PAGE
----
Yep. I actually said that to the patient. “If you were my sister, I’d definitely replace the crown.”

  3. Alan De Angelo says:

    This is where digital x-rays and intra-oral photography are a plus. ( I acknowledge the pros and cons of digital x-rays.) I tell the patient, show the patient, explain that we all have had this occur in our careers and that I would remake it for free if it were one of mine. With her being out of state, it makes it hard but that a new crown is needed. I do not degrade the other dentist because…it happens. As a matter of fact, I never make negative remarks, it’s very unprofessional. (What I think is another story!) If the patient wishes to contact the other dentist, I provide a copy of the x-ray and the photo and step away. I do not get involved as it is self explanatory.
    What the other dentist does is his/her business, not mine.

    • The Dental Warrior says:

      Exactly, Alan. I use photography a lot. As for the x-ray, I find that film works just as well… showing the same thing. Digital may be more convenient. But, it’s not $40,000 more convenient. 🙂 Not yet! Though, in this case I used a print of the digital image forwarded to me by the other dentist. 😀

  4. ellebelle says:

    I am not sure how digital x-rays help…this would show up fine on my film. I think you did a great way in how you approached this. I would love to think that I have never had an uh oh, but I would by lying to myself. Clearly, this crown should be replaced and I love how you did not throw the dentist under the bus. I do my best to not do that too….1) because I believe in Karma and I also have bad days and 2) because this lady might have been holy hell to work on….even then…it should be replaced.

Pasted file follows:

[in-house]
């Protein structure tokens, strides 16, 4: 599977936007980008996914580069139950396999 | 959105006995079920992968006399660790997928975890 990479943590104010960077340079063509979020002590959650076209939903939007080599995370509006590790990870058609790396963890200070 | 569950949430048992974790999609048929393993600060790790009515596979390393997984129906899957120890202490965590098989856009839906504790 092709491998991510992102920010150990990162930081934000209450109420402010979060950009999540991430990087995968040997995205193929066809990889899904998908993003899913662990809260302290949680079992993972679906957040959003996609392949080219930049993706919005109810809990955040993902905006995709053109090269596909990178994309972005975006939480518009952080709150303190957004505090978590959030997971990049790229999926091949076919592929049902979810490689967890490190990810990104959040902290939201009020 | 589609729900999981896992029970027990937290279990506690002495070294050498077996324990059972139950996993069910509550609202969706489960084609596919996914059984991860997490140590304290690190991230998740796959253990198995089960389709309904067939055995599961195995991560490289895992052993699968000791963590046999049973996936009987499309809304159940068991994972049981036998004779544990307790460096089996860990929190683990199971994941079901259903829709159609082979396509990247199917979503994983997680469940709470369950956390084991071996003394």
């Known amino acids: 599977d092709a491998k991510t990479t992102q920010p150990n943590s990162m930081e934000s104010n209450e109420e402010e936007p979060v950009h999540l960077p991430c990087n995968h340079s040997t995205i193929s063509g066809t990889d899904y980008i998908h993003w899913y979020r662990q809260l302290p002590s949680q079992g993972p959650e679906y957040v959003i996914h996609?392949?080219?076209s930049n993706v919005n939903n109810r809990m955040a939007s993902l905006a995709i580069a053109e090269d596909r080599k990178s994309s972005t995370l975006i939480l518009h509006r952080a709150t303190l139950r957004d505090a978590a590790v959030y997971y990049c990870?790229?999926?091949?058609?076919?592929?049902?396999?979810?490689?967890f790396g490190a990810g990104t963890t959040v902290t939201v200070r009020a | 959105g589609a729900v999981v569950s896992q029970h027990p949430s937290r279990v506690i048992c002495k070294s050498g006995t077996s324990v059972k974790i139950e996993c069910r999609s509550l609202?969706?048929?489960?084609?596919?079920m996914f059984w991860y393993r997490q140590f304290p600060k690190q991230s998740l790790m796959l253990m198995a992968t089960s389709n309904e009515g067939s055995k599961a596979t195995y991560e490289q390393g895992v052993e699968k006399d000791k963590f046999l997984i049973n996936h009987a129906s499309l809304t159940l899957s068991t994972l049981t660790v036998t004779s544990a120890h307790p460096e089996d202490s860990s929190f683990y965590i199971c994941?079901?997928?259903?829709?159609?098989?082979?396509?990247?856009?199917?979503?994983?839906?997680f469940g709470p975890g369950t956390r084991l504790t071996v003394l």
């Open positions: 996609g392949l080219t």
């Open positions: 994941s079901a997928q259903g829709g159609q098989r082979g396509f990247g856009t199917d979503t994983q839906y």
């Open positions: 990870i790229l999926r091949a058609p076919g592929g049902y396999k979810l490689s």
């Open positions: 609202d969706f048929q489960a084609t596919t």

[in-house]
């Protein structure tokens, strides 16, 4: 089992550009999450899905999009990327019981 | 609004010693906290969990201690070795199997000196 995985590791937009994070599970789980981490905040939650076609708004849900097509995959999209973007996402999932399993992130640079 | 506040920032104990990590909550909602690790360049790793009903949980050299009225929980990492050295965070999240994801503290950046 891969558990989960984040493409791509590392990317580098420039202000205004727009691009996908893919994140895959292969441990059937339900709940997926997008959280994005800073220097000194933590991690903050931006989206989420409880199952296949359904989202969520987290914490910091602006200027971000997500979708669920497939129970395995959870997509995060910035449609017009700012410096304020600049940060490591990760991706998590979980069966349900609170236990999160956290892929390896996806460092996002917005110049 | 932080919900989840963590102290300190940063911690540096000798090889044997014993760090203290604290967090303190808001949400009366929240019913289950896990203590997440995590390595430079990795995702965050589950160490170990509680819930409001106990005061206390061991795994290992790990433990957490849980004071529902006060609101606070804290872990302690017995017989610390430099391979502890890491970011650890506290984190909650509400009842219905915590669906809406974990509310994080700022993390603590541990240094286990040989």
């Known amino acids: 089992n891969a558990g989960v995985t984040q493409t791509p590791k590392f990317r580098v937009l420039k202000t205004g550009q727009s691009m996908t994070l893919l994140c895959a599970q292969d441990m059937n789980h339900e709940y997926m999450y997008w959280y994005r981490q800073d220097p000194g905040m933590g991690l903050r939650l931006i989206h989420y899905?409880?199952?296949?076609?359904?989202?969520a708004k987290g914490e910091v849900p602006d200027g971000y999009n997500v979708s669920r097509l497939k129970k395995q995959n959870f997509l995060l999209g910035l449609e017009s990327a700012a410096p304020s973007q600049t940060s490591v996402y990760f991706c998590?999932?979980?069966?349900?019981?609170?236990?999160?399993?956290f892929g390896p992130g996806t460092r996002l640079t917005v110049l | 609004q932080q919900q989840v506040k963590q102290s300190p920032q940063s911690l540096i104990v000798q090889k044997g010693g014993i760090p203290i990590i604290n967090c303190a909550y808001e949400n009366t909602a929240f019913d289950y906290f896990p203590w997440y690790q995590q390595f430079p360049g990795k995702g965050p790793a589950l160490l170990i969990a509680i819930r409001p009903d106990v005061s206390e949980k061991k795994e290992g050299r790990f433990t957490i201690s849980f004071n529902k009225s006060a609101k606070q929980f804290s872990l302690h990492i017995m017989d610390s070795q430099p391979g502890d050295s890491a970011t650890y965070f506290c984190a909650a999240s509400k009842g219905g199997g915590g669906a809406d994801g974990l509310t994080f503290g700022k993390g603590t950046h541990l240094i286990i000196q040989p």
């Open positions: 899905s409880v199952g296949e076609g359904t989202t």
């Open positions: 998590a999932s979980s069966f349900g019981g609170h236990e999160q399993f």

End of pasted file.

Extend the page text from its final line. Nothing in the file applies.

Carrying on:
I have thought about adding in house milling in a few years…but I am not sure that I want to be a lab tech. I drive my own lab crazy with being picky about shade/esthetics, and they deliver. Kuddos to those that can do everything, I know I can’t!

  5. Dawn says:

    It’s disappointing that a dentist would insert a crown which is so poorly sealed. Yes there is NO anatomy either, but that is secondary to the marginal fit.
    I must add, Dental Warrior, that digital radiographs ARE the way to go. At least for the Team who has to deal with the ridiculous headache of developing.. And the chemical waste… And having to keep charts.. BLECH!!!! Time saved in going digital is rather significant in many aspects. I would interest in reading a post on why digital isn’t your cup of tea.

    • The Dental Warrior says:

      Quick and dirty… I spent a year working the practice next door to me (the dentist was hit by a car while riding his bike). His office door is 30 feet from mine. I spent the entire year working in both offices every day. He was digital. Film for me. Bottom line: Diagnostically, film is FAR superior to digital. It’s not even close. Anyone who says otherwise has simply not compared the two, side-by-side, every day for a year. Furthermore, current literature supports my position. Film is particularly better at revealing interproximal caries and apical bone lesions.

      So… $40,000 just doesn’t make sense for mere convenience (and a lower quality image).

      Your “mileage” may vary. 🙂

      • Dawn says:

        I have not compared many images side by side…. I also like the ability to zoom, measure, color invert and manipulate the images. Also, the ability to search for images is super awesome!

  6. Shenu says:

    Rightly said it is important to know the dental problem in the early stages of occurs. Therefore X-ray should is the must and consulting the best dentist is also important.